You are here: HomeNews2018 08 25Article 679302

General News of Saturday, 25 August 2018

Source: Kasapa FM

Sinohydro clears path at Atewa forest for massive exploration

Chinese Company Sinohydro Group Limited has begun creating access route into the Atewa Forest reserve to undertake due diligence assessment into prospects of bauxite deposits in the Forest.

The move is to inform their plans to carry out full scale mining in the forest despite growing concerns and agitations by residents at the area.

Ghana has signed a Controversial MOU with Sinohydro Group Limited, to “provide US$2 billion of infrastructure including roads, bridges, interchanges, hospitals, housing, rural electrification, in exchange for Ghana’s refined bauxite to be mined in the Atewa and Nyinahin Forest Reserves”.

The deal has been kicked against by Environmental Groups, the Minority in Parliament and some Financial analysts who have described the deal as bad .

Starr News Sources say the investors were expected to visit the forest on Thursday but the contractor clearing the vegetation to create path into the forest reserve could not complete the work on time.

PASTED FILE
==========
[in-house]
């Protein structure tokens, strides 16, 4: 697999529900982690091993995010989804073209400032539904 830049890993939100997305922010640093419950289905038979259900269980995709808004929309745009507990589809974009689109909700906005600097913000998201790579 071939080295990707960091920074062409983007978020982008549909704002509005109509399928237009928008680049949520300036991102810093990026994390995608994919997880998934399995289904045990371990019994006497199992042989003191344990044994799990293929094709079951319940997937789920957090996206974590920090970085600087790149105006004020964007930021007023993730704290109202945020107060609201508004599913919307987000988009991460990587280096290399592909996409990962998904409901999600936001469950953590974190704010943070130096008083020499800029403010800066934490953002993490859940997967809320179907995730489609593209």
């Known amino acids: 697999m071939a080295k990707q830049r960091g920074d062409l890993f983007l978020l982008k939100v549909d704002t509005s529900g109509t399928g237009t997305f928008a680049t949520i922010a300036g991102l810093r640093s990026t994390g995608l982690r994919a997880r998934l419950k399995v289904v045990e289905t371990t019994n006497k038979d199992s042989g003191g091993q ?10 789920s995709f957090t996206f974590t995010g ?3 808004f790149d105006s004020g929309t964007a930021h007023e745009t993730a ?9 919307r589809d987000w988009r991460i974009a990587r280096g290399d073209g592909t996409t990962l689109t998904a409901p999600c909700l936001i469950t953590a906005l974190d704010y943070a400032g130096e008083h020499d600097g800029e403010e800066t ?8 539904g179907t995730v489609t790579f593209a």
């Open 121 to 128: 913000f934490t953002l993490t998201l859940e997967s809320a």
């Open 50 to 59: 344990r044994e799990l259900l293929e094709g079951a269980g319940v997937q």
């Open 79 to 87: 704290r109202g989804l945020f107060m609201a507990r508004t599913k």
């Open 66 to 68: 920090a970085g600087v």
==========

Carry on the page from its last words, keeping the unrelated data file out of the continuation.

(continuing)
Meanwhile, the Minority wants the International Monetary Fund (IMF) to decide whether the $2 billion Chinese deal agreed by the government in exchange for bauxite will add to the country’s debt burden

Under the deal, approved by Ghanaian lawmakers last month, China’s Sinohydro Corp Ltd [SINOH.UL] will provide $2 billion for government road projects in exchange for refined bauxite exports.

But minority leader in parliament Haruna Iddrisu told Reuters his side considers the deal to be a loan with implications for an already over-burdened taxpayer, and had written to seek the IMF’s verdict.

He said the decision to write to the IMF stemmed from past statements by the government that debt servicing costs were among the factors constraining Ghana’s development program.

“It is our strong belief that this Sinohydro deal is a loan which is coming to add to the debt stock and we are concerned about the burden of additional borrowing cost on the over-burdened taxpayer,” Iddrisu said. – Kojo Ansah

Join our Newsletter